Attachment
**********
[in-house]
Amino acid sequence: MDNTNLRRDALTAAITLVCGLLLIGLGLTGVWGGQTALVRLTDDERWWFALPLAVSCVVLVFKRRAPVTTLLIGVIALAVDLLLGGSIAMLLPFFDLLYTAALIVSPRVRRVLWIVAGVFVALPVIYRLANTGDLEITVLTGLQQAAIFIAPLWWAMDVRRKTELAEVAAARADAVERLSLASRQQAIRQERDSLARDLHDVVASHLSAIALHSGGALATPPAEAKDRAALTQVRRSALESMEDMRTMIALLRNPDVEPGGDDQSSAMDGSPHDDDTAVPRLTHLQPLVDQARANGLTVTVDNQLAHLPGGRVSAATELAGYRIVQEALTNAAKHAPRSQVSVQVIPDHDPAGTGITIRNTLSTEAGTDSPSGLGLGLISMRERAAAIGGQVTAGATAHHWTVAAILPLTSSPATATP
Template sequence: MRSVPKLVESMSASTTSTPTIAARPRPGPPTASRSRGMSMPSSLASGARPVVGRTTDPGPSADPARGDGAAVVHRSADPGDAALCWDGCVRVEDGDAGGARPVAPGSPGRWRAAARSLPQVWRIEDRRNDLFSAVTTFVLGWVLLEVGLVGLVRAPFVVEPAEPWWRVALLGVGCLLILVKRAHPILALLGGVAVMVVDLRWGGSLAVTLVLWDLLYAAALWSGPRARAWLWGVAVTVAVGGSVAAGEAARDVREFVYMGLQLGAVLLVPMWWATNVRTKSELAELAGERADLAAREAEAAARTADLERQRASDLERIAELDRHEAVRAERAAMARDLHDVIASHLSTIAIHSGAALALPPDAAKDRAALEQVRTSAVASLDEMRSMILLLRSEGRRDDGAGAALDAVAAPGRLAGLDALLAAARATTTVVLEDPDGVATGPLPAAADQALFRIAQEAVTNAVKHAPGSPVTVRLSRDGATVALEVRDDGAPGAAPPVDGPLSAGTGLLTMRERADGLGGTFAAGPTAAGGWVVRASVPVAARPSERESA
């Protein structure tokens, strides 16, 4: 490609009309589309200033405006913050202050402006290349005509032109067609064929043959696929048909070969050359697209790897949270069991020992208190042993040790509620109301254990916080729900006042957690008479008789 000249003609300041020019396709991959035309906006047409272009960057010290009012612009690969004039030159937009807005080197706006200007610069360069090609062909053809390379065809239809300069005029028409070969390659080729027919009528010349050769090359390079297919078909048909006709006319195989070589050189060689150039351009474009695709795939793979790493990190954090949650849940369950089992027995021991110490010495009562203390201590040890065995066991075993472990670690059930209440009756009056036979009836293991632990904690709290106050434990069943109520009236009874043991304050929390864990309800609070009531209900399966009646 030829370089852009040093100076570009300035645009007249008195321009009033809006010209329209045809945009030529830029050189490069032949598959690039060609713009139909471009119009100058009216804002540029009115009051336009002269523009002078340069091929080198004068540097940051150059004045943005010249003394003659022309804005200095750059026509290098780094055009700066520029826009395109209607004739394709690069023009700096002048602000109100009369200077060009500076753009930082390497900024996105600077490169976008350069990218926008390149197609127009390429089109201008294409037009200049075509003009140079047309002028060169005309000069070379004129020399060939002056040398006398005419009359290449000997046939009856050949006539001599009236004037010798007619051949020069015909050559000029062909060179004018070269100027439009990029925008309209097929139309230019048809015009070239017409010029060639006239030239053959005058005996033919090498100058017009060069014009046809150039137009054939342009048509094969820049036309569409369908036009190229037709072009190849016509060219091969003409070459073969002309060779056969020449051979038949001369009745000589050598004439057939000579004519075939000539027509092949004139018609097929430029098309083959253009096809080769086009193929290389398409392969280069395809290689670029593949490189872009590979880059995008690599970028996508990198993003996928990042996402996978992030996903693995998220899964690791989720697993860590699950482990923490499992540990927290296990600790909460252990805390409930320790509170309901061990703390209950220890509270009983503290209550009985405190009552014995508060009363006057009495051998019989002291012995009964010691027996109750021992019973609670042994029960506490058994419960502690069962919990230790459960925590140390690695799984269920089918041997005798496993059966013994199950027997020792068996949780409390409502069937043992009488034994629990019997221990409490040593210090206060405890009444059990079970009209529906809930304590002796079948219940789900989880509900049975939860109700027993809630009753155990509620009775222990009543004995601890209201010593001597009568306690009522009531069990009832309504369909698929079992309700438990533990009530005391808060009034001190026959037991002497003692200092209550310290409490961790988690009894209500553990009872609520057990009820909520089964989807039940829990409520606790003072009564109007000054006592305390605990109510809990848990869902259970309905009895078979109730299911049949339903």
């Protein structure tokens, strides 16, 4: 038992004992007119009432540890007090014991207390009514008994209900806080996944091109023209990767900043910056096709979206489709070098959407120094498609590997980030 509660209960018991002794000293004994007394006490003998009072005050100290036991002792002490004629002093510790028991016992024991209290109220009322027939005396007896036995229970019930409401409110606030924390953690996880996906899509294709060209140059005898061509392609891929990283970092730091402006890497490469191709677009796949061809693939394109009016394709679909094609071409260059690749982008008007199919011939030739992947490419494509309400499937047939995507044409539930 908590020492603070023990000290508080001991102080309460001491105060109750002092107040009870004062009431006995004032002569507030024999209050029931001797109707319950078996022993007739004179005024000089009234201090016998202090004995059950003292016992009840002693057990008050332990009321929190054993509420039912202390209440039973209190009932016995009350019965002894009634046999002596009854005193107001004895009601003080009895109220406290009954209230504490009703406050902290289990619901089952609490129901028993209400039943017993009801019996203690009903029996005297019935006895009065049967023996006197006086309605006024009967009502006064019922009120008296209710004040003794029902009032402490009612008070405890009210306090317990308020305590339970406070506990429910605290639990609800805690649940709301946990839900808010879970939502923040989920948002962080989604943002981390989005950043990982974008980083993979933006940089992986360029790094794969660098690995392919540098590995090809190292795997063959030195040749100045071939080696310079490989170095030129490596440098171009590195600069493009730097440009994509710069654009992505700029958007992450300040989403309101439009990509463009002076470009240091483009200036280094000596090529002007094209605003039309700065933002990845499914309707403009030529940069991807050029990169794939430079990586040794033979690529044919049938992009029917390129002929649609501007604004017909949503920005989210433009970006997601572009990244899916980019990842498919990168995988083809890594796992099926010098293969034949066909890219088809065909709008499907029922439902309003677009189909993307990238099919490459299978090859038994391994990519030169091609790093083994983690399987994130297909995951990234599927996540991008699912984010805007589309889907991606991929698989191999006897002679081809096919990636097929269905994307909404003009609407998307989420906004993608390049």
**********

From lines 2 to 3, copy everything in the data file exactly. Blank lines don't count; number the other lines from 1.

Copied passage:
Amino acid sequence: MDNTNLRRDALTAAITLVCGLLLIGLGLTGVWGGQTALVRLTDDERWWFALPLAVSCVVLVFKRRAPVTTLLIGVIALAVDLLLGGSIAMLLPFFDLLYTAALIVSPRVRRVLWIVAGVFVALPVIYRLANTGDLEITVLTGLQQAAIFIAPLWWAMDVRRKTELAEVAAARADAVERLSLASRQQAIRQERDSLARDLHDVVASHLSAIALHSGGALATPPAEAKDRAALTQVRRSALESMEDMRTMIALLRNPDVEPGGDDQSSAMDGSPHDDDTAVPRLTHLQPLVDQARANGLTVTVDNQLAHLPGGRVSAATELAGYRIVQEALTNAAKHAPRSQVSVQVIPDHDPAGTGITIRNTLSTEAGTDSPSGLGLGLISMRERAAAIGGQVTAGATAHHWTVAAILPLTSSPATATP
Template sequence: MRSVPKLVESMSASTTSTPTIAARPRPGPPTASRSRGMSMPSSLASGARPVVGRTTDPGPSADPARGDGAAVVHRSADPGDAALCWDGCVRVEDGDAGGARPVAPGSPGRWRAAARSLPQVWRIEDRRNDLFSAVTTFVLGWVLLEVGLVGLVRAPFVVEPAEPWWRVALLGVGCLLILVKRAHPILALLGGVAVMVVDLRWGGSLAVTLVLWDLLYAAALWSGPRARAWLWGVAVTVAVGGSVAAGEAARDVREFVYMGLQLGAVLLVPMWWATNVRTKSELAELAGERADLAAREAEAAARTADLERQRASDLERIAELDRHEAVRAERAAMARDLHDVIASHLSTIAIHSGAALALPPDAAKDRAALEQVRTSAVASLDEMRSMILLLRSEGRRDDGAGAALDAVAAPGRLAGLDALLAAARATTTVVLEDPDGVATGPLPAAADQALFRIAQEAVTNAVKHAPGSPVTVRLSRDGATVALEVRDDGAPGAAPPVDGPLSAGTGLLTMRERADGLGGTFAAGPTAAGGWVVRASVPVAARPSERESA